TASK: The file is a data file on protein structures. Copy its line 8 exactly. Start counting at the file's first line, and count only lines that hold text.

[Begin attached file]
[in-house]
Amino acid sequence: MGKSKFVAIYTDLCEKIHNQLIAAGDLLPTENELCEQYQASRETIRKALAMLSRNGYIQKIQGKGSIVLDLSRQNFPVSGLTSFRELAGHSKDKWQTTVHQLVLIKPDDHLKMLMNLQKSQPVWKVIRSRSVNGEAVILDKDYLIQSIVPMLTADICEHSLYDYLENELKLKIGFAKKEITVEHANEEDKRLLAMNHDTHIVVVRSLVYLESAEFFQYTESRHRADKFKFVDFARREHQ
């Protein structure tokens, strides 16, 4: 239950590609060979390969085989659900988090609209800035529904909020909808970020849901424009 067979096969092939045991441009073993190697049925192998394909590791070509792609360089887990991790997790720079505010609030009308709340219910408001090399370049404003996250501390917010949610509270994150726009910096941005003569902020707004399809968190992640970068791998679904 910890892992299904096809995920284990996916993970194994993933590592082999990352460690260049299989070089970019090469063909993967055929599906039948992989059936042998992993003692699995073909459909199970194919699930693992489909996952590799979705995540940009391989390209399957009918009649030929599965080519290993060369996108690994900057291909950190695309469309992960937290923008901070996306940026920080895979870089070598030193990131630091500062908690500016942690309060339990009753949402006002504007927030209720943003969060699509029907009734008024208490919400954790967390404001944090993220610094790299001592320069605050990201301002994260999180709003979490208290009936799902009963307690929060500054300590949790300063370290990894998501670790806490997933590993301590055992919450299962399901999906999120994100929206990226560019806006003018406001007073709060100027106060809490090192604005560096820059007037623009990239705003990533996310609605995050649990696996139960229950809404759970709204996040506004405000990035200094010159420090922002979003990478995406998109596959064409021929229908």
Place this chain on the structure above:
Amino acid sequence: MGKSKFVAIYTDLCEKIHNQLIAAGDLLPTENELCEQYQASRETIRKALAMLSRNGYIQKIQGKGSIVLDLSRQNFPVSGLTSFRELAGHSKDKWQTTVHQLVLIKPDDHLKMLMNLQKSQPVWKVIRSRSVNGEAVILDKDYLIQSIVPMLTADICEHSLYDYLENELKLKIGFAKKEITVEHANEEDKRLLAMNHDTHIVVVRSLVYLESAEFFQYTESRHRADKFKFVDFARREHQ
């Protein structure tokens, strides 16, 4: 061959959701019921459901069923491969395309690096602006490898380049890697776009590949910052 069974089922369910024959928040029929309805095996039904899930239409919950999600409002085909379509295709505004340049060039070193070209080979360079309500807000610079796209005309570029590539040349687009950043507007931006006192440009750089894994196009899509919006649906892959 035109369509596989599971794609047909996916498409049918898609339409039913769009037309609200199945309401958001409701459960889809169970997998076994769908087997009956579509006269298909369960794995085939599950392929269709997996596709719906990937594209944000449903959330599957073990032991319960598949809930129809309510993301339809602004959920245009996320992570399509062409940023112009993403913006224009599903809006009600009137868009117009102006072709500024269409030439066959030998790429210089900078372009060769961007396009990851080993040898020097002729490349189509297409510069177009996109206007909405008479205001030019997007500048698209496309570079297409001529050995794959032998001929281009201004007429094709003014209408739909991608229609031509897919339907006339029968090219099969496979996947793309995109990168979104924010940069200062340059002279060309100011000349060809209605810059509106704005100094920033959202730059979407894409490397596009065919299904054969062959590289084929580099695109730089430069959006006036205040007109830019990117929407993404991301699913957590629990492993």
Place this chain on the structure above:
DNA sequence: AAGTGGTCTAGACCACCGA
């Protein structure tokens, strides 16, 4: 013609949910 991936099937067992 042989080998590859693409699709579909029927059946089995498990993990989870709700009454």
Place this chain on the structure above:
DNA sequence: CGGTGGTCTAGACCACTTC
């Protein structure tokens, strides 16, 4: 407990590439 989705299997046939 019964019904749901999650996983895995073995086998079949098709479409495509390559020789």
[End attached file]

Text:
DNA sequence: AAGTGGTCTAGACCACCGA